Search Results

You are looking at 1 - 1 of 1 items for :

  • Author or Editor: Bonita L. Samuels x
  • Journal of Physical Oceanography x
  • Refine by Access: All Content x
Clear All Modify Search
Colm Sweeney, Anand Gnanadesikan, Stephen M. Griffies, Matthew J. Harrison, Anthony J. Rosati, and Bonita L. Samuels

Abstract

The impact of changes in shortwave radiation penetration depth on the global ocean circulation and heat transport is studied using the GFDL Modular Ocean Model (MOM4) with two independent parameterizations that use ocean color to estimate the penetration depth of shortwave radiation. Ten to eighteen percent increases in the depth of 1% downwelling surface irradiance levels results in an increase in mixed layer depths of 3–20 m in the subtropical and tropical regions with no change at higher latitudes. While 1D models have predicted that sea surface temperatures at the equator would decrease with deeper penetration of solar irradiance, this study shows a warming, resulting in a 10% decrease in the required restoring heat flux needed to maintain climatological sea surface temperatures in the eastern equatorial Atlantic and Pacific Oceans. The decrease in the restoring heat flux is attributed to a slowdown in heat transport (5%) from the Tropics and an increase in the temperature of submixed layer waters being transported into the equatorial regions. Calculations were made using a simple relationship between mixed layer depth and meridional mass transport. When compared with model diagnostics, these calculations suggest that the slowdown in heat transport is primarily due to off-equatorial increases in mixed layer depths. At higher latitudes (5°–40°), higher restoring heat fluxes are needed to maintain sea surface temperatures because of deeper mixed layers and an increase in storage of heat below the mixed layer. This study offers a way to evaluate the changes in irradiance penetration depths in coupled ocean–atmosphere GCMs and the potential effect that large-scale changes in chlorophyll a concentrations will have on ocean circulation.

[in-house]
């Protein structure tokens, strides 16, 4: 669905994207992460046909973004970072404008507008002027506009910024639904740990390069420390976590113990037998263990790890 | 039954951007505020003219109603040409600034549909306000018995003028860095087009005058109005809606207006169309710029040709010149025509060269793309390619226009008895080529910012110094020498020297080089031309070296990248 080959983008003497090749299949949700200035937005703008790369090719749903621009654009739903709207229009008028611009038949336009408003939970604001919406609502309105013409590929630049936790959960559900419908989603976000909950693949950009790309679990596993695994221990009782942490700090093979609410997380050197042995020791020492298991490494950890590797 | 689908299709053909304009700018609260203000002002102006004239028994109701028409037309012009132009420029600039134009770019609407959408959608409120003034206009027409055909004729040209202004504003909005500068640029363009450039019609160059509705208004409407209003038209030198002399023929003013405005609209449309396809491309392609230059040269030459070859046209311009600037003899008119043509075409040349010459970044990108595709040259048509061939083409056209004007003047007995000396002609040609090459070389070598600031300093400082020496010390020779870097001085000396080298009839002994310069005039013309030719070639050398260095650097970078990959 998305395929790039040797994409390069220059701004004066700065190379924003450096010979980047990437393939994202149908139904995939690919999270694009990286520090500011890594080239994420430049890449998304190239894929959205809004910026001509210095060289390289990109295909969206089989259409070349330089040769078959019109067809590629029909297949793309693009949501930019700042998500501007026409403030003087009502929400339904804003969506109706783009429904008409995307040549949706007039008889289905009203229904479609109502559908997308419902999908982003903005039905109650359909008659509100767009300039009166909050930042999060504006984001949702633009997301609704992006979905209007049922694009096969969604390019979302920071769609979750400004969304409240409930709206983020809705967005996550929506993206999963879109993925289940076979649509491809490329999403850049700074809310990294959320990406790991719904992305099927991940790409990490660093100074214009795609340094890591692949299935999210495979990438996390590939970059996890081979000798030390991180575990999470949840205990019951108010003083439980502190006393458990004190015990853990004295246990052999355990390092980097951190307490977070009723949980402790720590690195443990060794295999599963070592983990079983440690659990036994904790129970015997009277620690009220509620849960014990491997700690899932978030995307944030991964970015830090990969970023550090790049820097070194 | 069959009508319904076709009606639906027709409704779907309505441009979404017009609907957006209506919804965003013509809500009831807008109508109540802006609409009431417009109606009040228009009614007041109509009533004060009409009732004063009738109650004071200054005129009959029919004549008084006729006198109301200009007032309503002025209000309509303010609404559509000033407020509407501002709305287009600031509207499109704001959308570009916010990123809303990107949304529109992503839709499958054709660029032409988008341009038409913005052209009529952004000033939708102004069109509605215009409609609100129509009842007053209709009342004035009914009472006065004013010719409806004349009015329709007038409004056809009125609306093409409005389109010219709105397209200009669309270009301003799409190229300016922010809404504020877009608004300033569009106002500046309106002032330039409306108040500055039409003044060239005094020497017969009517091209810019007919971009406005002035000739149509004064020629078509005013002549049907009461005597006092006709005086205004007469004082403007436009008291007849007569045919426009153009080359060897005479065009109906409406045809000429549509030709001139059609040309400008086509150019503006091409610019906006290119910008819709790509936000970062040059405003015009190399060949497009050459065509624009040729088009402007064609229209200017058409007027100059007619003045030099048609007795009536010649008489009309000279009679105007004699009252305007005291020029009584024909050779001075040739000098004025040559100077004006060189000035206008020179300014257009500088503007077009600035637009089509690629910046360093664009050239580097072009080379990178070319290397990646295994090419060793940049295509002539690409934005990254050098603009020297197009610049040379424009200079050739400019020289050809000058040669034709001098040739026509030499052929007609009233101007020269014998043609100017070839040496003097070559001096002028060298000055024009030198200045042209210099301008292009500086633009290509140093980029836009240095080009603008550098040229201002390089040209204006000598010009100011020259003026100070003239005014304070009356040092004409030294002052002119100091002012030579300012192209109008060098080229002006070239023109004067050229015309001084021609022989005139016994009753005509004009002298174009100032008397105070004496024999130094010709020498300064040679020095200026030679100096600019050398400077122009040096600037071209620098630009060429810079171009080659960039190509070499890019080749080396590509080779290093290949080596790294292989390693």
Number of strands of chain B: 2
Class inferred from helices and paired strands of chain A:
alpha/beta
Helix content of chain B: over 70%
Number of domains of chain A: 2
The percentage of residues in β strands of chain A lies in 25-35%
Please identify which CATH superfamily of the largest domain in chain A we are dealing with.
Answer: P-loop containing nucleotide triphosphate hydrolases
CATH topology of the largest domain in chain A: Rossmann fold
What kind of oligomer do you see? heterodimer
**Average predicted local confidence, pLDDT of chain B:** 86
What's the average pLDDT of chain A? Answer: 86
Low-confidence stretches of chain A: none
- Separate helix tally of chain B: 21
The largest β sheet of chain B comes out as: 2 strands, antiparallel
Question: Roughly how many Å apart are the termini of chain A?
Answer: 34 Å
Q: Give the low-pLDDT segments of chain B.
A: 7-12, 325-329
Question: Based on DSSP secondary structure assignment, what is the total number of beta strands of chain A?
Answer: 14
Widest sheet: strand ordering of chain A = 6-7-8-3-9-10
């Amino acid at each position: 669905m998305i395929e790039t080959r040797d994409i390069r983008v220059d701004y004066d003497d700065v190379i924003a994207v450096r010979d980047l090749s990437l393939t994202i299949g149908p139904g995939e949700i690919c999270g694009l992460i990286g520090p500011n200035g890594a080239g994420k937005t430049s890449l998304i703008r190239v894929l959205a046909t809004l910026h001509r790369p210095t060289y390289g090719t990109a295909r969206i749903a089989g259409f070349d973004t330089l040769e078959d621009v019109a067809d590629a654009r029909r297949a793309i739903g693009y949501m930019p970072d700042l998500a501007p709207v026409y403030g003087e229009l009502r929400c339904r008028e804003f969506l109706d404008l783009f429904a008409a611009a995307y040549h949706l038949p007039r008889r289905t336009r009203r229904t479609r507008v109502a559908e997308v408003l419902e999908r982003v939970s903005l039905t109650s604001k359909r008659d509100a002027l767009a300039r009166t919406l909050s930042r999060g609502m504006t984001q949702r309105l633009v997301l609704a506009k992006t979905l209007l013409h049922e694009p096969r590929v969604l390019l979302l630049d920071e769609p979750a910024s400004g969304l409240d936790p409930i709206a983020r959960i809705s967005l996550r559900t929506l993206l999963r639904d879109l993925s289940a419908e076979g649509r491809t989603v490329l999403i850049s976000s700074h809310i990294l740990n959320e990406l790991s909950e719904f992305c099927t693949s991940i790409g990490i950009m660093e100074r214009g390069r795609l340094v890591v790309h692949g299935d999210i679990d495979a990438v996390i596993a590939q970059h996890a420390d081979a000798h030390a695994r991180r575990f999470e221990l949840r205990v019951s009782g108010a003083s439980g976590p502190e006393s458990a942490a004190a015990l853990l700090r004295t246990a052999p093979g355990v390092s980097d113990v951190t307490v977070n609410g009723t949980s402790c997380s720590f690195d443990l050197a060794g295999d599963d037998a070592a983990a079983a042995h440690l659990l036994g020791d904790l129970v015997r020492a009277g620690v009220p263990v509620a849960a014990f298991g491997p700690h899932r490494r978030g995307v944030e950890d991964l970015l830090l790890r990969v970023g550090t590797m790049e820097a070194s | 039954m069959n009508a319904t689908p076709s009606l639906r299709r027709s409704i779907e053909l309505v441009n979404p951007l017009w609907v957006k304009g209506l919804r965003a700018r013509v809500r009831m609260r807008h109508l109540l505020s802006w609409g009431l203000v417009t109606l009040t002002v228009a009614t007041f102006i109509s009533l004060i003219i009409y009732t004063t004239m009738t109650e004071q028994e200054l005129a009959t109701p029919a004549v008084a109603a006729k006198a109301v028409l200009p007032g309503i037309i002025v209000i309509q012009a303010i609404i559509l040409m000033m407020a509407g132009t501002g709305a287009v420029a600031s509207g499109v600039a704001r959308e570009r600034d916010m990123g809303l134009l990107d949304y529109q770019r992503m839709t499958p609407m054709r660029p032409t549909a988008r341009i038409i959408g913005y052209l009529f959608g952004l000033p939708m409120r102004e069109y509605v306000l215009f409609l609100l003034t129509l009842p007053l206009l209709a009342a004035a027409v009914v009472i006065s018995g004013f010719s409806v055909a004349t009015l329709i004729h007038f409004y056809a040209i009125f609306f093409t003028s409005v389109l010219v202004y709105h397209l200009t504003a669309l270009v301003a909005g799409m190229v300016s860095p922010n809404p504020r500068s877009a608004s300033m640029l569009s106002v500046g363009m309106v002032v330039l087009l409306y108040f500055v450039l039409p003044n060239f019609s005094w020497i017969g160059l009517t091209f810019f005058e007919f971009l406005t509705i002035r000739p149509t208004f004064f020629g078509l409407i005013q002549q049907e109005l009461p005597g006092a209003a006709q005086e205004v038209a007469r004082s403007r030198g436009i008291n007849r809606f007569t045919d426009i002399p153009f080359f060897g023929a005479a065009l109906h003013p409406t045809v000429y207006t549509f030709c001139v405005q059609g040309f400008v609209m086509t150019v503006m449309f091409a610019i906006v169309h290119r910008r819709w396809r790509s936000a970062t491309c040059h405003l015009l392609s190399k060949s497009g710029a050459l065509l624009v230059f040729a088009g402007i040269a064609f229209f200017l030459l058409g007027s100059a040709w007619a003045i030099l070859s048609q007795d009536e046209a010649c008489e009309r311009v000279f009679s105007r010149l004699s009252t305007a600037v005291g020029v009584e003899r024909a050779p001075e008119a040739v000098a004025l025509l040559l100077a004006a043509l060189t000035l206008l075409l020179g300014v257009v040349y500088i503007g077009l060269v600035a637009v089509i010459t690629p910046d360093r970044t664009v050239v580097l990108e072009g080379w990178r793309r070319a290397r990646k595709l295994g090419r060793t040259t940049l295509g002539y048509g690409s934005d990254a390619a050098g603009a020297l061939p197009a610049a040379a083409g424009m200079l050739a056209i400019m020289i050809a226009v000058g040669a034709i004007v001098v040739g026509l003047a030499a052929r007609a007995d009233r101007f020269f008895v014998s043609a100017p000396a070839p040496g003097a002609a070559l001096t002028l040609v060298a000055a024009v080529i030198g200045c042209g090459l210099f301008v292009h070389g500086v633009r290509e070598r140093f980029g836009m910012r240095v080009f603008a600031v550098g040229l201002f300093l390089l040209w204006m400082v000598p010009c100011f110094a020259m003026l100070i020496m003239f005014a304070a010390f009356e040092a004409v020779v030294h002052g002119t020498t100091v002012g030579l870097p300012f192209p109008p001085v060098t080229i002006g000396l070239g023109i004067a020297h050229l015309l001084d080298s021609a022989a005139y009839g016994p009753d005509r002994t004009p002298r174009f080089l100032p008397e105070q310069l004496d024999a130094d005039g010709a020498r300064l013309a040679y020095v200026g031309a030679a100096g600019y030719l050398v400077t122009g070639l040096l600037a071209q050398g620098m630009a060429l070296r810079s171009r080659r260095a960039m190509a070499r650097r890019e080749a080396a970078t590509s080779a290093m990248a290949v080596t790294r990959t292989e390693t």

Full access